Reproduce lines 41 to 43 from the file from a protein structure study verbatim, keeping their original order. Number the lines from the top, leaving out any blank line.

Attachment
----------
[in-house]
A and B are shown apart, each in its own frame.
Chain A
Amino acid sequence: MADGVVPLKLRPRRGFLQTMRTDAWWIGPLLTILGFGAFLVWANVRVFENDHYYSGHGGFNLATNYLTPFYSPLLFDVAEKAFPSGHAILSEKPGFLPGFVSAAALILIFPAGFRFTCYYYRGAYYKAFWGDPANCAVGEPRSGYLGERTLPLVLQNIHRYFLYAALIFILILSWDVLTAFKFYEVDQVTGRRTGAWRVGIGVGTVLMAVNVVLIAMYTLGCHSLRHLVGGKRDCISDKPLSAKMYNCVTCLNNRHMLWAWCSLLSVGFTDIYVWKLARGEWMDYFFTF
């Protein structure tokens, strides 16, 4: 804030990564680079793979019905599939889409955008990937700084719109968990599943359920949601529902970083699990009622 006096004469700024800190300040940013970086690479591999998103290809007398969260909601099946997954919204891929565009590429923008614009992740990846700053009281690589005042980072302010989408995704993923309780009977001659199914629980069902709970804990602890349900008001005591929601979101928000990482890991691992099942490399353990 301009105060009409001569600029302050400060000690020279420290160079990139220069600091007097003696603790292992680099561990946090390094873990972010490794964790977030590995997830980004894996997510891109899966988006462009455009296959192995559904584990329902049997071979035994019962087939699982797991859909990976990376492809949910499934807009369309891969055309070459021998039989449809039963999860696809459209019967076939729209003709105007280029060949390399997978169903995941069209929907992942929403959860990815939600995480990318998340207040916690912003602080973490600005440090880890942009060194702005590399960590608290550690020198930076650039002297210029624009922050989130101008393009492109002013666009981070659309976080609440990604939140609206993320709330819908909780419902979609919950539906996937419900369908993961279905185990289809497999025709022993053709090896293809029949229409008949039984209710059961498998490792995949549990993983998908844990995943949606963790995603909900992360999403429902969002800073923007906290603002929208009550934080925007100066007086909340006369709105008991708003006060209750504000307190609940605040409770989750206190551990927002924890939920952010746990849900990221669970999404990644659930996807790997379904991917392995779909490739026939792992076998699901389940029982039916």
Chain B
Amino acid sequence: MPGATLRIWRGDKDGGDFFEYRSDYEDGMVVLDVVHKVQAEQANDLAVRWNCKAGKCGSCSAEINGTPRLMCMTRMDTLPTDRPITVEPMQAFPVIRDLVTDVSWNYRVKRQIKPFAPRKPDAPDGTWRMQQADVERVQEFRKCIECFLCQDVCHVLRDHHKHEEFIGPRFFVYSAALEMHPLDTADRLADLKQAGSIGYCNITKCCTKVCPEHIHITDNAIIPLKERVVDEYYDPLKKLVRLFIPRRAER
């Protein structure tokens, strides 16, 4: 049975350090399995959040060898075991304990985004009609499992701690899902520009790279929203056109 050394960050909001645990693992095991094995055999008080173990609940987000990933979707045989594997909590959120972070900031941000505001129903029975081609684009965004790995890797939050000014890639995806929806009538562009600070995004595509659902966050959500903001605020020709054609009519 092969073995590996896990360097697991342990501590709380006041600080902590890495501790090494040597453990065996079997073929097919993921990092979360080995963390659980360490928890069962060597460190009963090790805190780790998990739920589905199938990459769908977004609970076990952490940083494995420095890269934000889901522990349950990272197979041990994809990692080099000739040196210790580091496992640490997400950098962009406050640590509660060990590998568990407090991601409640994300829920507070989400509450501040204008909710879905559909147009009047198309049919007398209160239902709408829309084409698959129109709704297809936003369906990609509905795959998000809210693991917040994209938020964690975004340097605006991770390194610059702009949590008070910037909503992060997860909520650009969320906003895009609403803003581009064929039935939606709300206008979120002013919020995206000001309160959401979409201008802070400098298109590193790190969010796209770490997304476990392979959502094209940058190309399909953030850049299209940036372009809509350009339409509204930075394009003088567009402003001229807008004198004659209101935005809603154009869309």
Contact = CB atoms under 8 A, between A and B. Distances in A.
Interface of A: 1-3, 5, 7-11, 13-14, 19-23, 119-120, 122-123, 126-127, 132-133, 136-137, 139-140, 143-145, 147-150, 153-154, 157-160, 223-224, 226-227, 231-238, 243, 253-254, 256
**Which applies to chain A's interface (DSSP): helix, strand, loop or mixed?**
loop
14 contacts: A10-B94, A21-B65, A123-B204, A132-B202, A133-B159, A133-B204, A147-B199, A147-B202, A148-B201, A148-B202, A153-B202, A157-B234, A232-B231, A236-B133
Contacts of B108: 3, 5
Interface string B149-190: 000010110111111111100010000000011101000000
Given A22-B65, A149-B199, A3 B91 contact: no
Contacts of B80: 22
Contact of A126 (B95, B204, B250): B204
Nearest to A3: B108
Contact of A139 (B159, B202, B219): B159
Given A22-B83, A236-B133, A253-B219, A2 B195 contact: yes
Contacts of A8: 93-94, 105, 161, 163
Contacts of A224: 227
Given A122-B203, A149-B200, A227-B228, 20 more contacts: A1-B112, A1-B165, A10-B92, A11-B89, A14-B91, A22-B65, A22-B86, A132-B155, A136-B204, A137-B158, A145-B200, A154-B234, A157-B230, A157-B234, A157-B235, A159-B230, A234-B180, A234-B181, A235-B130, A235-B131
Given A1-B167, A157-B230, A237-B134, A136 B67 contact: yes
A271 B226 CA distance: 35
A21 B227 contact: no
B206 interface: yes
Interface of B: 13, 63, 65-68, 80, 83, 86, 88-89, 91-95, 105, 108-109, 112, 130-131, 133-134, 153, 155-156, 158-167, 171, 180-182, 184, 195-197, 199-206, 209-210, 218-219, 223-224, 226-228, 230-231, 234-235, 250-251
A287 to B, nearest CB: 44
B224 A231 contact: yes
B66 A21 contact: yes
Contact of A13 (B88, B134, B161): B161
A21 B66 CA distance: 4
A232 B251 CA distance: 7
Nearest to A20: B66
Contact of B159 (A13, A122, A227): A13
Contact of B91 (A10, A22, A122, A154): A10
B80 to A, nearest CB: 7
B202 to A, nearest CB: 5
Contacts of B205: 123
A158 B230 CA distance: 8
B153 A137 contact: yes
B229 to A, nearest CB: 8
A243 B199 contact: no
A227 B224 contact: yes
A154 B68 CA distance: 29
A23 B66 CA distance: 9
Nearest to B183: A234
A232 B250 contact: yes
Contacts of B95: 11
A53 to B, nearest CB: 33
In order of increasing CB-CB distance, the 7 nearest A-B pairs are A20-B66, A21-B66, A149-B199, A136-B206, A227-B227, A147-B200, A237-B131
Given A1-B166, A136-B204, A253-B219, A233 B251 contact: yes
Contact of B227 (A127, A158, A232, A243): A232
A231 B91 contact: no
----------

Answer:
Contacts of B205: 123
A158 B230 CA distance: 8
B153 A137 contact: yes